Hobgood-Oster catalogues human cruelty to animals both in anecdotes and in statistics: the effect is almost overwhelming.
In today’s world, animals suffer in many of the places where humans interact with them. We breed horses with ankles the size of human ankles and wonder why race-horses “break down”. We crush pigs into tiny pens so that the sows can move only enough to feed the piglets. At puppy farms we keep bitches in elevated cages and continue to fertilise them until they stop having pups. Even the pets we choose we neglect.
How should we respond as Christians? Is Christianity good news only for humans? Laura Hobgood- Oster is Professor of Religion and Environmental Studies at Southwestern University. She argues we should show hospitality to animals in every way possible. She is personally involved in the rescue of dogs, but she notes many ways in which Christians might unleash their compassion for animals. In her University ethics committee she argues for fewer animals to be “sacrificed” for research, and for the most humane use of animals when they are necessary.
She suggests we eat compassionately, and one practical way of doing this is to eat less meat. Christians might return to the Friday fast and have a weekly meat-free day – at the least. They should be aware of the conditions their food animals lived and died, and where possible source their meat from local farmers whose animals are free-range.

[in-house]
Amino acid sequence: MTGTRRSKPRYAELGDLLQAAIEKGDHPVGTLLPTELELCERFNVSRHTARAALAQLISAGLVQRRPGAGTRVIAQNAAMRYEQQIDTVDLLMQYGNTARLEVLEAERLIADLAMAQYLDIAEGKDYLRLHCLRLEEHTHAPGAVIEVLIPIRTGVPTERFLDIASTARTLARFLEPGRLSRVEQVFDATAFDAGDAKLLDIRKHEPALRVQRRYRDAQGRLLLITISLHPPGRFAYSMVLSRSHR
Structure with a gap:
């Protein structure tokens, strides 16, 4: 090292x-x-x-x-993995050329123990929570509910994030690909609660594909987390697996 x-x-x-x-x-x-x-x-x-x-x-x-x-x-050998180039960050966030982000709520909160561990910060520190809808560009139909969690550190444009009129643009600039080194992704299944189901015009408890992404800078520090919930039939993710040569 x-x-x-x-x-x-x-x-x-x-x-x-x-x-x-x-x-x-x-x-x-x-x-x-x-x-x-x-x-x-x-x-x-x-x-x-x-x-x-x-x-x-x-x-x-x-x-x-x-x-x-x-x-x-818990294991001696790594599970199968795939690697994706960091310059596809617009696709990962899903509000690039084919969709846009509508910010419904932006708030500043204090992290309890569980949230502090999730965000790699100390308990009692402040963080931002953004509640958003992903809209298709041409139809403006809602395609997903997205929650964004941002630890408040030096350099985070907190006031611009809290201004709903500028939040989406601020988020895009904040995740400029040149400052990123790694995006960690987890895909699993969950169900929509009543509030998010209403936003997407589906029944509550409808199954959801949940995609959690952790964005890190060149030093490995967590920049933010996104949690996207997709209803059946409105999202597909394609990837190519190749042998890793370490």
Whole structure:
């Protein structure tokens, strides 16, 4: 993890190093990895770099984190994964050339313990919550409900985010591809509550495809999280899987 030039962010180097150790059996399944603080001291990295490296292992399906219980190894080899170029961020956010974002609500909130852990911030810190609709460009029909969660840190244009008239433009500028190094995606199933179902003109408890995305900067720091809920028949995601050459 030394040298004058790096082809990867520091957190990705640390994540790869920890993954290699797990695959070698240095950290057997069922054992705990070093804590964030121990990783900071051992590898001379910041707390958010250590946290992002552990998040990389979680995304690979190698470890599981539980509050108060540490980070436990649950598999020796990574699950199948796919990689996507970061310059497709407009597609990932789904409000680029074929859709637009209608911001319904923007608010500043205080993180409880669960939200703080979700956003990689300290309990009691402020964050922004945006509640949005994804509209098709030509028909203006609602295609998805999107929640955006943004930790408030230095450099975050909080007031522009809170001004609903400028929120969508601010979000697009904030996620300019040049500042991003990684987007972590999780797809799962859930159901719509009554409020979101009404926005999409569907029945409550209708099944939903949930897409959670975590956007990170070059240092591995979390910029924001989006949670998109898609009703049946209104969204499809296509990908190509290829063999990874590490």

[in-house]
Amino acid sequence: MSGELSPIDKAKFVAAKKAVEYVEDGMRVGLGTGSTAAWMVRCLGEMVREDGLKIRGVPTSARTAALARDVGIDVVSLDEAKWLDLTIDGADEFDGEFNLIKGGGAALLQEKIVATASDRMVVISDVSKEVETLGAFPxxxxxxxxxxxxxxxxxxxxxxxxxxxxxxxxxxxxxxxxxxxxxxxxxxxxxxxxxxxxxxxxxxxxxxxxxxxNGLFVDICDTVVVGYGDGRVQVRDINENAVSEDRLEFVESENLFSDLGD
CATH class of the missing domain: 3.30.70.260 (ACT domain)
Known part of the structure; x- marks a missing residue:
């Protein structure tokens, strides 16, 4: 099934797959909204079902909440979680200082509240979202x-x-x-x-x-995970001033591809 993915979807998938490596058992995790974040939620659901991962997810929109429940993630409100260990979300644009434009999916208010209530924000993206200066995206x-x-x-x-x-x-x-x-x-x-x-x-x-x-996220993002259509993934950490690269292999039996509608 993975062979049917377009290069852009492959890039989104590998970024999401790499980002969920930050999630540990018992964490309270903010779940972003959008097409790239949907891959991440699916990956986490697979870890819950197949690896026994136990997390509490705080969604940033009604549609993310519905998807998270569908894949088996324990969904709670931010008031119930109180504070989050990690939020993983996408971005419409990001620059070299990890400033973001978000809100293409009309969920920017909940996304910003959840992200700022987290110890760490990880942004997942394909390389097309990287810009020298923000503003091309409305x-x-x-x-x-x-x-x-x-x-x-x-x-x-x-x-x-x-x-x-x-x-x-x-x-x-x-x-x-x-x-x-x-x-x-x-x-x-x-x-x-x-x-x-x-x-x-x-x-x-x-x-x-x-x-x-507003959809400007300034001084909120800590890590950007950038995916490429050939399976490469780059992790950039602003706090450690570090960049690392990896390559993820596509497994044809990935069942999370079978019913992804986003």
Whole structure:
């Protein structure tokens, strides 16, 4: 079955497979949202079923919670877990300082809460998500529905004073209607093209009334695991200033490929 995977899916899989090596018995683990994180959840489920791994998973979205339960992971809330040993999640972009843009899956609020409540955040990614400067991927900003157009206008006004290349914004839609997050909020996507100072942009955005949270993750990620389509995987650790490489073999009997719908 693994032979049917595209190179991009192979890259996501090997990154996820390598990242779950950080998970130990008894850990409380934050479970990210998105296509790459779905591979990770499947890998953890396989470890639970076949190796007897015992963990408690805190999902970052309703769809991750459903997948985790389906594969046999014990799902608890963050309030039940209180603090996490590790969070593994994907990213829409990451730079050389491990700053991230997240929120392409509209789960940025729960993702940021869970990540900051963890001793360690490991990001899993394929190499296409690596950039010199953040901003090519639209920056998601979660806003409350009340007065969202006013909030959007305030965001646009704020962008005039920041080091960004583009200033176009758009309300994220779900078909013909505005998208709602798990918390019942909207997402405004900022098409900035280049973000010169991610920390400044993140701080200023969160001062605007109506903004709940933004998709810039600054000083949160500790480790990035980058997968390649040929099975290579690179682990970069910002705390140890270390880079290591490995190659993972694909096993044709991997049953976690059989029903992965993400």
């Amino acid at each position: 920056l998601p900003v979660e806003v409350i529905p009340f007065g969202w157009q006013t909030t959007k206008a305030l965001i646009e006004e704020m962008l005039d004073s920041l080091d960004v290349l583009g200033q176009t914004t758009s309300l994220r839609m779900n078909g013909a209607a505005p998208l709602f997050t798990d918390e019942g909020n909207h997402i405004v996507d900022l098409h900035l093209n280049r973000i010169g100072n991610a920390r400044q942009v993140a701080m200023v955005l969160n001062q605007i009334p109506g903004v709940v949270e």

If we bless animals, we should do it seriously. We should consider blessing food animals and wild creatures. The Friends We Keep includes liturgical resources, including a prayer from the Australian Uniting in Worship. Many organisations are listed, nearly all in the US, that promote better treatment of animals.
One of these organisations is The Episcopal Network for Animal Welfare (www.franciscan-anglican.com/enaw) which acknowledges a Franciscan influence. I read The Friends We Keep as a Franciscan, conscious of St Francis’s teaching that every creature is a little Word of God, revealing something of God’s nature to us as we encounter each one in love.
It is encouraging to read a Christian address these issues. While I admire much of the Australian ethicist Peter Singer’s radical understanding of animal rights, we Christians do have a distinctive viewpoint which should be heard.